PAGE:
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Criminal Prosecutions Scare Food Industry Executives

For related articles and more information, please visit OCA's Food Safety Research Center page.

The threat of criminal prosecution has the food industry on its toes.

When it comes to massive, deadly foodborne illness outbreaks, implicated companies have always paid a price - in legal and medical costs, if not a loss in business, shattered consumer confidence and even bankruptcy - but, until recently, criminal penalties have been virtually unheard of.

The Obama administration is changing the legal landscape, however, having filed criminal charges against Eric Jensen, 37, and Ryan Jensen, 33, owners of Jensen Farms, in Colorado, the cantaloupe grower and processor linked to the deadliest foodborne illness outbreak in U.S. history. The two brothers, accused of six counts of introducing adulterated food into interstate commerce and aiding and abetting, each face up to six years in jail and a combined $1.5 million fine if found guilty after their farm was found responsible for a 2011 Listeria outbreak that hospitalized 143 people and ultimately was tied to 33 deaths and one miscarriage.

The charges against the Jensens follow a highly publicized 76-count federal indictment issued in February against three Peanut Corp. of America executives for involvement in a 2009 Salmonella outbreak blamed on peanuts processed at their plant. That outbreak was linked to 700 reported illnesses and nine deaths.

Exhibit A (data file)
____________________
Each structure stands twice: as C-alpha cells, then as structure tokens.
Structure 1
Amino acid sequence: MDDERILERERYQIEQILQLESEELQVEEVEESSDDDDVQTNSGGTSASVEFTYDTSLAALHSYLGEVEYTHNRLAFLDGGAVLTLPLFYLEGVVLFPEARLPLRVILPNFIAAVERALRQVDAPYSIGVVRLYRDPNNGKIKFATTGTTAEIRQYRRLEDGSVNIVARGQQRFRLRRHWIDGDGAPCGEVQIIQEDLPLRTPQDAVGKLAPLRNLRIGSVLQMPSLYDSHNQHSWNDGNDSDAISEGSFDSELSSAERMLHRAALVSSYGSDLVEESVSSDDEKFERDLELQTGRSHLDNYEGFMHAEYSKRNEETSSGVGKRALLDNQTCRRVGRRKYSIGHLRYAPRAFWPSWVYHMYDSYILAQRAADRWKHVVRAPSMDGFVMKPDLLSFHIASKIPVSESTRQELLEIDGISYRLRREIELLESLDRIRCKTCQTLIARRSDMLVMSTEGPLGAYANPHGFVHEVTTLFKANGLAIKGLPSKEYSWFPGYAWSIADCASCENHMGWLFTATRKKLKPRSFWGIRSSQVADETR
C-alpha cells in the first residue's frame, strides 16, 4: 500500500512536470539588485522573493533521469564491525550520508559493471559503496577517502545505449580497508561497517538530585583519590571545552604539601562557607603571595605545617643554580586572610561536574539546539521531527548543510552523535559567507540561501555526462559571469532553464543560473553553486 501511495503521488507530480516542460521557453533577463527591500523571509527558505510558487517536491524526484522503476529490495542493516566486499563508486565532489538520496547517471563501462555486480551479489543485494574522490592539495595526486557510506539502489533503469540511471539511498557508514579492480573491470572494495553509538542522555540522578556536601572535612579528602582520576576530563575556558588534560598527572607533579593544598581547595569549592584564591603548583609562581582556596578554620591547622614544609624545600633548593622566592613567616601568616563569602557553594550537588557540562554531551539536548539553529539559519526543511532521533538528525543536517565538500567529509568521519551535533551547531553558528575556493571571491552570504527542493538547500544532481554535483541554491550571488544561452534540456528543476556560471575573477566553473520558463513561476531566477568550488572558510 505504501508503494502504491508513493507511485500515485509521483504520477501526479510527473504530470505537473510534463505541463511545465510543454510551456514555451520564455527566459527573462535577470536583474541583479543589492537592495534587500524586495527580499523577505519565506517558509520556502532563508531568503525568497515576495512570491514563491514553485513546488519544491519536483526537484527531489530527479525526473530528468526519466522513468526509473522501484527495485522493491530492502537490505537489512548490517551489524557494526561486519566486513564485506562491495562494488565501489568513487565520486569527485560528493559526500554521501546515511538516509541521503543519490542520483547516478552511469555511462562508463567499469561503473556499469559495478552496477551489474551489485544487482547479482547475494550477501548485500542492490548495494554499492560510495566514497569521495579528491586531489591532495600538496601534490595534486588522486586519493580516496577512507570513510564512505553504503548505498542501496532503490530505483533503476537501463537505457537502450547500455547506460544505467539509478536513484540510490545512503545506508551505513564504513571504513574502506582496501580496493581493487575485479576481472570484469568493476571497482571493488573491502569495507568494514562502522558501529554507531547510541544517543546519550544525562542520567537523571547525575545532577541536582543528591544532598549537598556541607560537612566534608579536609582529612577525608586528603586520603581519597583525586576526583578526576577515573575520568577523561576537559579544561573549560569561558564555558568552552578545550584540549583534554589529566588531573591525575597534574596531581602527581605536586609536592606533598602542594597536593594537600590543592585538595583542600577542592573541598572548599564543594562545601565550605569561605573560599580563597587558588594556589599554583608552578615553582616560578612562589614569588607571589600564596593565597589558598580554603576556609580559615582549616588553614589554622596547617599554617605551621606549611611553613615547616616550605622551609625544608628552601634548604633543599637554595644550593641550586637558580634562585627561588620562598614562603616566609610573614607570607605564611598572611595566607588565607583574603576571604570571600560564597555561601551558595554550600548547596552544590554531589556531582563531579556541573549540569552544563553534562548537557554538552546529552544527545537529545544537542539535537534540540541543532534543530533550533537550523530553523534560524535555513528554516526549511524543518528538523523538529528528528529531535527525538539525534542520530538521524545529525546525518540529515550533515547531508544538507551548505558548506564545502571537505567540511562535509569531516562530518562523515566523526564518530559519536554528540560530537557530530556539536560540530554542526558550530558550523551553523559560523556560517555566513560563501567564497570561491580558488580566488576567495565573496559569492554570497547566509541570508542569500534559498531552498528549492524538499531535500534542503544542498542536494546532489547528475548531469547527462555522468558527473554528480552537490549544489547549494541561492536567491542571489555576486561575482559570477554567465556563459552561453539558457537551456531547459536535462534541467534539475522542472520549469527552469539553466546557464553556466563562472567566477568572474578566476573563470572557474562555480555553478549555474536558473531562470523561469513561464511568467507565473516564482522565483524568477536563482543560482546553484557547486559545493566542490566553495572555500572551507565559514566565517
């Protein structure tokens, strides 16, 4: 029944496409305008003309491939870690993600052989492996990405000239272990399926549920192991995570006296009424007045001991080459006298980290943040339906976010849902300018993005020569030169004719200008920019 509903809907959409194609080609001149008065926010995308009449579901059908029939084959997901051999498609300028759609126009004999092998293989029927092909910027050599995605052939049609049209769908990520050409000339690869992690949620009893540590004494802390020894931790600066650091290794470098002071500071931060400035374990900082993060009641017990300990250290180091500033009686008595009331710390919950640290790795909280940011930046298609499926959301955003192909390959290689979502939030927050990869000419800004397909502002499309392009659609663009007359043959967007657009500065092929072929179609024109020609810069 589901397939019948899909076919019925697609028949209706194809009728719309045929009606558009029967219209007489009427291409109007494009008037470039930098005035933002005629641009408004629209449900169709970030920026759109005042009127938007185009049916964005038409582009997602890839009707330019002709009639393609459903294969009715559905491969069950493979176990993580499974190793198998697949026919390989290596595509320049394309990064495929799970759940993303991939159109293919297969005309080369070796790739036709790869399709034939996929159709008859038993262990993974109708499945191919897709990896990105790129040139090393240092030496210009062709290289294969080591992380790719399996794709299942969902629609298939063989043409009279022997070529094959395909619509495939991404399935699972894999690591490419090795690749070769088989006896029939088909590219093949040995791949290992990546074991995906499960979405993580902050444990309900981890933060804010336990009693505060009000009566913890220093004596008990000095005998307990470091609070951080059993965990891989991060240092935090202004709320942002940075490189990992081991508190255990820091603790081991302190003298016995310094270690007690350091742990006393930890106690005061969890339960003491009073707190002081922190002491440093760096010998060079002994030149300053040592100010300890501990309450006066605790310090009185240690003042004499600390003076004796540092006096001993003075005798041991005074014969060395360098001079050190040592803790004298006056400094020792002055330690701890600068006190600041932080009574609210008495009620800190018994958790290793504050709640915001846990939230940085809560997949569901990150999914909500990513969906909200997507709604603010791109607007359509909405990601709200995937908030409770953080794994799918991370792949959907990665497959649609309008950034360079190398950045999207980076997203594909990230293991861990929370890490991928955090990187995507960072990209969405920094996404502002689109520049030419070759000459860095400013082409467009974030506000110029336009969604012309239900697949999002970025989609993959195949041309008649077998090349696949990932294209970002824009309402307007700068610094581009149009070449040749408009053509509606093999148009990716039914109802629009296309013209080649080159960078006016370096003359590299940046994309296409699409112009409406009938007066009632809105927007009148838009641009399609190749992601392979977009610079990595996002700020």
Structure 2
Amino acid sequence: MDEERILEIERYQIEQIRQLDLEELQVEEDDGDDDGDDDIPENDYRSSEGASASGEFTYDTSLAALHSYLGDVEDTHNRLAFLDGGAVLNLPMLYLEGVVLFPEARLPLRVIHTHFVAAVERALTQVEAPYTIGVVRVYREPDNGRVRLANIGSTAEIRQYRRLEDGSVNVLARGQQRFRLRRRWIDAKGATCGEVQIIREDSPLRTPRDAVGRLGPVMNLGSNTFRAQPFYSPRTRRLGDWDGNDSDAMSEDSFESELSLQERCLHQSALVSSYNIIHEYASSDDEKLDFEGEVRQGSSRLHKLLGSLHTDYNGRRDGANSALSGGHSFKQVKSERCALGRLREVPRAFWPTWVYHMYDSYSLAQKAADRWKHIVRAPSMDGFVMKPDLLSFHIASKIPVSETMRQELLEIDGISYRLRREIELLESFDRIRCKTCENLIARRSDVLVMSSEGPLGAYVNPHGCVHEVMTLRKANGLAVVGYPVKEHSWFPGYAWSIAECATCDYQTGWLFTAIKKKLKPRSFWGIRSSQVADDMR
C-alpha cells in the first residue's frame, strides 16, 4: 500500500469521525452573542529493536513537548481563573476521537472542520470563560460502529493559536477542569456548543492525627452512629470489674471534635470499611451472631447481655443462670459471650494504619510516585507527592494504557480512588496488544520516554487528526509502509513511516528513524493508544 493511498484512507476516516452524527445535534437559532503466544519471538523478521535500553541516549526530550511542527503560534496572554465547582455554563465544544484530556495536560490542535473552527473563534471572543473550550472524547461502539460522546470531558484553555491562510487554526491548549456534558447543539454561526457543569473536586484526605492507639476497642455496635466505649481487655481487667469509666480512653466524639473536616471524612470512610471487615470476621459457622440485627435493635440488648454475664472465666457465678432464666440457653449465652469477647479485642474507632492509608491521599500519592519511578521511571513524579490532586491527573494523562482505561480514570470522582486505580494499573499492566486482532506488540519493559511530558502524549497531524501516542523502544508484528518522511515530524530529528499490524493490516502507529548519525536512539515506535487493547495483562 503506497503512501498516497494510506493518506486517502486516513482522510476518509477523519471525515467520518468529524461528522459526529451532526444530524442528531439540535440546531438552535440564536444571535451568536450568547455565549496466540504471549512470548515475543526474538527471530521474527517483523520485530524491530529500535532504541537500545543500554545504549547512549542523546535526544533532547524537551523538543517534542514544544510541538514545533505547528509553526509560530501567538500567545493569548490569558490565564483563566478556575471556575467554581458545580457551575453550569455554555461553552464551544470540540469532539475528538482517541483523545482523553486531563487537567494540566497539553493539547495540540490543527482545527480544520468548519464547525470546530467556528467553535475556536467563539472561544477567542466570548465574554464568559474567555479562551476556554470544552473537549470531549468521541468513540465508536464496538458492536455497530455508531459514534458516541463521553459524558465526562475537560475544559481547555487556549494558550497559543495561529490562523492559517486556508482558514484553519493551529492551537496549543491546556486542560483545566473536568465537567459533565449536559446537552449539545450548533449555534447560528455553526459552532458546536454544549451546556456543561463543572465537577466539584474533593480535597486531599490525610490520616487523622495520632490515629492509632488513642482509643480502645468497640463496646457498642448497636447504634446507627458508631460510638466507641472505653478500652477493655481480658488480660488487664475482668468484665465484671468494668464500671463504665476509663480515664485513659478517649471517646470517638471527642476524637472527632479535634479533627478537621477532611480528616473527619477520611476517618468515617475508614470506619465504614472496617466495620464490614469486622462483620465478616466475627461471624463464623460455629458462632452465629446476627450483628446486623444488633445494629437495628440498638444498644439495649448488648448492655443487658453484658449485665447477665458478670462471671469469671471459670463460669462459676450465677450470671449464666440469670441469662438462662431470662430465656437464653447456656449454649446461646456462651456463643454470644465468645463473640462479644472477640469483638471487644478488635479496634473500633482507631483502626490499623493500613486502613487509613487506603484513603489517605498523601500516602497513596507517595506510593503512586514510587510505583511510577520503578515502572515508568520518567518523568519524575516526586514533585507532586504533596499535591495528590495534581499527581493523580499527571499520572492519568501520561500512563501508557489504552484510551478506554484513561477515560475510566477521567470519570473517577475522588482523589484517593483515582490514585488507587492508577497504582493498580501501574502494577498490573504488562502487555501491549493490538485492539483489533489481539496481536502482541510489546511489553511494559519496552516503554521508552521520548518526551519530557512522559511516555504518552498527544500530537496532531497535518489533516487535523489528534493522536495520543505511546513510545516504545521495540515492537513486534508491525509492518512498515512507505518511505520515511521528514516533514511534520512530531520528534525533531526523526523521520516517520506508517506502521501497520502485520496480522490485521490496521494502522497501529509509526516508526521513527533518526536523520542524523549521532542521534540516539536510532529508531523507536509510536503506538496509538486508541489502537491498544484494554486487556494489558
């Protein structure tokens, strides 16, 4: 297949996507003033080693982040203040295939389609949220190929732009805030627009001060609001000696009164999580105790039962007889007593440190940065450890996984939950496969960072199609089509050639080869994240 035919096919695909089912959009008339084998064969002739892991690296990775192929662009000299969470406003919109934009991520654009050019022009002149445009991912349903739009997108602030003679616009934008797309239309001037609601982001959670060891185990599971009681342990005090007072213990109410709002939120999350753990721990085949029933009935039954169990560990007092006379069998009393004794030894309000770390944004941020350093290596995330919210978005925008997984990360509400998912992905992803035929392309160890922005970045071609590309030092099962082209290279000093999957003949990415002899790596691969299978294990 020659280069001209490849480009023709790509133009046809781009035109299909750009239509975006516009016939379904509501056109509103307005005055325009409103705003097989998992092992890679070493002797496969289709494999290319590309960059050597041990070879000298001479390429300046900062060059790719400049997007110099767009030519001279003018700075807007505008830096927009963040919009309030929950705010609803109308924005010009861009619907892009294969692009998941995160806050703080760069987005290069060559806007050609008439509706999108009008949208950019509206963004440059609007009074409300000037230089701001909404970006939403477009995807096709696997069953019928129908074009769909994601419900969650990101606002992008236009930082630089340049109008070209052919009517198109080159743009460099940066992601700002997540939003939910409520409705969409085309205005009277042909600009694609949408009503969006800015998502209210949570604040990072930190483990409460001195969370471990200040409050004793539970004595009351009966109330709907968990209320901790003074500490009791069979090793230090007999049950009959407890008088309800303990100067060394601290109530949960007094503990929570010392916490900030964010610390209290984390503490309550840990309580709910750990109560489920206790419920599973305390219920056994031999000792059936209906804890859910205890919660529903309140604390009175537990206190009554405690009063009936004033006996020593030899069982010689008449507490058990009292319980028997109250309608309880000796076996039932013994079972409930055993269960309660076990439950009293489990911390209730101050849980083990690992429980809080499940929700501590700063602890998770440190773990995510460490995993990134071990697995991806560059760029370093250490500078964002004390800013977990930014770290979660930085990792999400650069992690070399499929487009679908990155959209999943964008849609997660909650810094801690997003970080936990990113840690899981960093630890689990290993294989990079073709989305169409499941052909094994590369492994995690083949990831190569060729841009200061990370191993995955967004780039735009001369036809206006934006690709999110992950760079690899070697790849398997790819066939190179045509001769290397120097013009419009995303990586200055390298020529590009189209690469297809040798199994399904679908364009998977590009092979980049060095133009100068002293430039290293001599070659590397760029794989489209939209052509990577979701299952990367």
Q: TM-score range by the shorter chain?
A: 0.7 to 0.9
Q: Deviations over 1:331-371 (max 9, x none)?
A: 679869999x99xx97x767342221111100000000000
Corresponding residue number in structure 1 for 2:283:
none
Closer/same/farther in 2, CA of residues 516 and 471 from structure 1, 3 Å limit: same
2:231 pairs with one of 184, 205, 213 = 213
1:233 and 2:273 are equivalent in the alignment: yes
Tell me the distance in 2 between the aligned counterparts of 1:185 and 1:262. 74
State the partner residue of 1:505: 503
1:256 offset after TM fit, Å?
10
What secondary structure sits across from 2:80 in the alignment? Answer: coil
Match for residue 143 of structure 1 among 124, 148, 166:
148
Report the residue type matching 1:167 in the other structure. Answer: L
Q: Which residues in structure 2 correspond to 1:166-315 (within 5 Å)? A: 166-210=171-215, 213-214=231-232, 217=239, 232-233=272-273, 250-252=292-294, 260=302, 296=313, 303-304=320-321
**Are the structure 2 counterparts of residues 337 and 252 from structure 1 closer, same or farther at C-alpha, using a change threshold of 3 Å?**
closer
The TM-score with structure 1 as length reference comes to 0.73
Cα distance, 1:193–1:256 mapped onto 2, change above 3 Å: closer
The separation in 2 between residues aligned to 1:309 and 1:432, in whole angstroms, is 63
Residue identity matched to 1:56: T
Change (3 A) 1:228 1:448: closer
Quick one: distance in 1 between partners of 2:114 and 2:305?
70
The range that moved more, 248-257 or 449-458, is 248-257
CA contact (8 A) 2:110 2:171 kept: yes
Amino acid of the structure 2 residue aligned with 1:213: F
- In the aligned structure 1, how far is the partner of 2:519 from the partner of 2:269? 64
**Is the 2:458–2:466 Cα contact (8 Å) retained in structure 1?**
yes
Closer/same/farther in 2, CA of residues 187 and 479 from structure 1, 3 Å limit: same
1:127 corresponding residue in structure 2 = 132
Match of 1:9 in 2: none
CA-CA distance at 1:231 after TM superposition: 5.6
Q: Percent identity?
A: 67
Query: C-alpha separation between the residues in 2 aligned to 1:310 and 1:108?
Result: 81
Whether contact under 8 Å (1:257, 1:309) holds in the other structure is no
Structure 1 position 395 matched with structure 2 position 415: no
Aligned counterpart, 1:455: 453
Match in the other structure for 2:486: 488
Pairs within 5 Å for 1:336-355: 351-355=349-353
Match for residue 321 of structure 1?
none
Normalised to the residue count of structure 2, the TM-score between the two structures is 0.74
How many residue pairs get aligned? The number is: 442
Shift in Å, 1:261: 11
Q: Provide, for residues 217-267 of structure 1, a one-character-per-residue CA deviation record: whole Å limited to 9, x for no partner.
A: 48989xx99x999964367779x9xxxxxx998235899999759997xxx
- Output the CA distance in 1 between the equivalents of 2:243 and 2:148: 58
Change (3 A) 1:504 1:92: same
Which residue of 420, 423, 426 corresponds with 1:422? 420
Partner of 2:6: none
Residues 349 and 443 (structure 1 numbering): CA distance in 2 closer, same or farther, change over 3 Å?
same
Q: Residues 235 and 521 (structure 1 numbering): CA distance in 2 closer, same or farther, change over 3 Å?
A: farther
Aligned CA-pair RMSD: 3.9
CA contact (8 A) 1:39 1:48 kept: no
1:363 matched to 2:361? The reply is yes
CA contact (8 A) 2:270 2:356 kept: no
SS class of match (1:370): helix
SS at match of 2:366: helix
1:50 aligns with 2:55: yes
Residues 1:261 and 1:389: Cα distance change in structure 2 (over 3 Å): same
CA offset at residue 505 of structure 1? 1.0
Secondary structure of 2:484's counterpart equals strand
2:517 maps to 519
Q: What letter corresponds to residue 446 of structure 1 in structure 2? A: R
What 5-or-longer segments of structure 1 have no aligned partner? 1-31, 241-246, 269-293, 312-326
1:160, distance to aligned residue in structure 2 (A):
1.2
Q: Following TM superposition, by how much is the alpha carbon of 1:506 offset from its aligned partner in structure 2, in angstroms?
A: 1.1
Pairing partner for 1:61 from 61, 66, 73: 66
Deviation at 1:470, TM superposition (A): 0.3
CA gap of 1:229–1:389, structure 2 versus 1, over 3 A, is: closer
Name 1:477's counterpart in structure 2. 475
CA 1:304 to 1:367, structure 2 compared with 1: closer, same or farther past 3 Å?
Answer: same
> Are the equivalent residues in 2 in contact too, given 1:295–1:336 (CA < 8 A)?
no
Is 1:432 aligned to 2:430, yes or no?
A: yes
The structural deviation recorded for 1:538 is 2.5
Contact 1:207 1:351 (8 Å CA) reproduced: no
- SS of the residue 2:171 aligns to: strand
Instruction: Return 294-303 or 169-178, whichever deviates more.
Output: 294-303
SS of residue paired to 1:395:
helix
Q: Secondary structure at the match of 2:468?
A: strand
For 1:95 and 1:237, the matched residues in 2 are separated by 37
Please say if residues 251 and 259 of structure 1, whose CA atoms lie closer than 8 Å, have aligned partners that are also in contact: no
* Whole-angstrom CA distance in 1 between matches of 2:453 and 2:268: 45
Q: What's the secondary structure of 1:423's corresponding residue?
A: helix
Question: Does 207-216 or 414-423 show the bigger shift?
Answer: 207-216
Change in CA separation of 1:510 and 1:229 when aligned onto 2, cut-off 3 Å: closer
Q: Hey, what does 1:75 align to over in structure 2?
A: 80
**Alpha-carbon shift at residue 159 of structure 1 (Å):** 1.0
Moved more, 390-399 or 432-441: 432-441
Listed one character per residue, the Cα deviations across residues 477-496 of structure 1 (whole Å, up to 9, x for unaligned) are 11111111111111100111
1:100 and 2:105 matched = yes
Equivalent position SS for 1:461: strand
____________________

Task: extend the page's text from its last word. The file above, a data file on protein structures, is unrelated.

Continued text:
"Criminal charges are very, very rare," noted Shawn Stevens, an attorney at Gass Weber Mullins, who has represented some of the largest food manufacturers in the country, including Cargill and Coca-Cola.

Stevens said he's received numerous requests to speak on criminal liability in the food industry over the past year. For the most part, he's been telling companies that they shouldn't expect the government to move toward more prosecutions, but the Jensen Farms case may show otherwise: "FDA is apparently proving me wrong."

Now, Stevens thinks the recent charges could be a sign the Food and Drug Administration, the agency charged with regulating 80 percent of the U.S. food supply, will be aggressive and targeted in its enforcement efforts to get more bang for the agency's very limited resources. He notes that the FDA also is confronting the notion that it must get tougher on food safety following the 2010 passage of the FDA Food Safety Modernization Act, which enhanced some of its enforcement powers.  
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